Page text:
I very nearly didn't bother to watch this Belgian fantasy film because of the preview, which made it look like softcore porn & nothing more. It's actually kind of an elegant weird tale about a woman whose life cycle is coordinated with the growth patterns of a strange variegated vine. To complete this cycle requires the death of her sexual partner.
She loves her partner a great deal & so when in the heat of summer it becomes time to mate most violently & in earnest, she rejects her sensitive beloved cello-playing Julien (Yann Chely) in favor of rowdy randy motorcycling Patrick (Sasa Nikolic), who she won't mind so much killing.
There's a peculiarly French type of vampire tale usually about spider women, though a mantis woman is pretty much the same thing. Probably two-thirds or more of all printed vampire fiction originating in French is of the spider woman type.
While the archetype of the devouring woman recurs all around the world, it seems to be of special fascination for French fans of weird fiction with very specific connection to the insect world.
Such tales either make women out to be frightening man-eating beauties who heartlessly cause suffering & death to innocent men -- or who transform sex into the most perfectly wonderful way to die, enjoyed equally by both participants -- depending on whether the gynophobic nature of the myth works itself out as Romanticist literature or as Misogynist literature.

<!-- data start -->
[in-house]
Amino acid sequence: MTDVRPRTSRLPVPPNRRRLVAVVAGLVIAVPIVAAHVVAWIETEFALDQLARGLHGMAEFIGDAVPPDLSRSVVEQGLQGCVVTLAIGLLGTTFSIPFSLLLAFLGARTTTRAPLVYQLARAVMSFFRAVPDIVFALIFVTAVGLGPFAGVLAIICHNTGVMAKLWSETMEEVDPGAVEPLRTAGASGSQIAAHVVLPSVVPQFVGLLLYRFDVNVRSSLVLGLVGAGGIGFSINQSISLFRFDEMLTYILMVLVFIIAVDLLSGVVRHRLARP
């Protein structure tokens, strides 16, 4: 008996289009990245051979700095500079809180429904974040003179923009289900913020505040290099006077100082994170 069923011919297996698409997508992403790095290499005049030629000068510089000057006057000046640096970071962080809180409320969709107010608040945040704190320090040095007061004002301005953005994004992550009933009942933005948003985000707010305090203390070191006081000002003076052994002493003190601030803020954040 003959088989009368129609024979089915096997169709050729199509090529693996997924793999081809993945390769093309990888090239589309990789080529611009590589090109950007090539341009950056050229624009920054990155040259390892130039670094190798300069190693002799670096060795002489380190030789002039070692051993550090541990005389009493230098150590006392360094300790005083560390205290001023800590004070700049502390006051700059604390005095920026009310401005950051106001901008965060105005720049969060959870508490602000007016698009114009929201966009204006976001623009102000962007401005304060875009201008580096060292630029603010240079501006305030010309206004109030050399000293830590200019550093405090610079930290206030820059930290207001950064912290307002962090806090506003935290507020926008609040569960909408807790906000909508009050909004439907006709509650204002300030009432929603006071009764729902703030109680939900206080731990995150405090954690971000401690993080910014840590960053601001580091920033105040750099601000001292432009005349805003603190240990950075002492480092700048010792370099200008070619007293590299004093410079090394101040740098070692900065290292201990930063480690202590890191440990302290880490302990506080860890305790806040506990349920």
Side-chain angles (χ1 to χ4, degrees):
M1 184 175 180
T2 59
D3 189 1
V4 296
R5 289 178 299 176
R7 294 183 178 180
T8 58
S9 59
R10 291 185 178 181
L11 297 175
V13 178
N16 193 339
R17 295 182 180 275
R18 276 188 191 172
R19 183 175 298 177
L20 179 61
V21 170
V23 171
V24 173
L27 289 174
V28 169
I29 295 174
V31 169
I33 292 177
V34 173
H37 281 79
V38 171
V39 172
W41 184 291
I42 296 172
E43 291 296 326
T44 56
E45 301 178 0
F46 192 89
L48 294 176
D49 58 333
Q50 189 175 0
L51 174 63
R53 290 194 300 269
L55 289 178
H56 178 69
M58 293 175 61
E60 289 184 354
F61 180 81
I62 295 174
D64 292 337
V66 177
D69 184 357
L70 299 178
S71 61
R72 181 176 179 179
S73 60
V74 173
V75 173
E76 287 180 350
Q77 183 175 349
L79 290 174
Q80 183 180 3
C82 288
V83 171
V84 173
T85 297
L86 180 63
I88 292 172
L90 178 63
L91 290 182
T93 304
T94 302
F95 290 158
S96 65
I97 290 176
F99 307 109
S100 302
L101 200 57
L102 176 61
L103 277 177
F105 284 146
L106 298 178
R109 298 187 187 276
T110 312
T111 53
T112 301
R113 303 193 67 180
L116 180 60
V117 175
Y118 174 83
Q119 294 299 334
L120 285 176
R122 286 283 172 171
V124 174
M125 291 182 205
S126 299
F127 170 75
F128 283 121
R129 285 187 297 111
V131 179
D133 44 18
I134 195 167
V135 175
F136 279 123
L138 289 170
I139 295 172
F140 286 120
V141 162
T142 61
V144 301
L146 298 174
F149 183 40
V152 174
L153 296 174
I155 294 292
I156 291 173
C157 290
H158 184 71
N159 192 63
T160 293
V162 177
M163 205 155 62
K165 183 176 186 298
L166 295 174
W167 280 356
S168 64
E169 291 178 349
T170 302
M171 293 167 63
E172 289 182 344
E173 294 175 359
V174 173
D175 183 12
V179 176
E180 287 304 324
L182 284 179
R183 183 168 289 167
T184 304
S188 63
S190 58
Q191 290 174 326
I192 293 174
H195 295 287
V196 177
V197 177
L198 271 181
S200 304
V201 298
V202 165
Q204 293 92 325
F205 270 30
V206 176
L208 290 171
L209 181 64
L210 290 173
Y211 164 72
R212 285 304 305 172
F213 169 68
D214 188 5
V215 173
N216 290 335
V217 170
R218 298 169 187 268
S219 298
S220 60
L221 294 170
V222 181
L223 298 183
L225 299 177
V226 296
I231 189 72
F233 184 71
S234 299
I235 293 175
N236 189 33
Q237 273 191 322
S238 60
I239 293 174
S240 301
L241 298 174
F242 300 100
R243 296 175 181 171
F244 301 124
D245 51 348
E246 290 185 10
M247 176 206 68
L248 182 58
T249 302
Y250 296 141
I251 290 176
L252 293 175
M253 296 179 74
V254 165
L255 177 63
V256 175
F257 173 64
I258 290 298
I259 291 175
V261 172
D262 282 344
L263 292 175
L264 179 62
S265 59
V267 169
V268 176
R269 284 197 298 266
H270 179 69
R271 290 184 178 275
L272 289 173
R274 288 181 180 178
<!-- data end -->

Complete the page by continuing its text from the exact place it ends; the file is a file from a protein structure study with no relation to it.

Praying Mantis (Le Feastin de la mante, 2003) is of the Romanticist type. Julien is heartbroken that Sylvia (Lou Broclain) will not fuck him to death. Patrick escapes from her clutches but realizes there's nothing to live for without her, so returns to help her complete the cycle even though it means dying for her.
From Patrick & Sylvia's naked tango in the attic to that final strangulating copulation at the end, this erotic thriller strives for a degree of poetry throughout. Though sometimes clumsy & unintentionally funny, for the most part it is quite a wonderful version of a male castration fantasy in its culturally French/Belgian manifestation.
Whether assessed as softcore horror porn or as a fantasy thriller, it can't exactly be called a good film, but as exploitation cinema goes, it has an approach that won't be as familiar to English-speaking viewers as it may be to French-speaking viewers. Its fascinating moments outweigh its unintentionally ridiculous ones.
Particularly ridiculous, however, is the closing under-credits theme song, possibly the single most laughable theme song you'll ever hear.
copyright © by Paghat the Ratgirl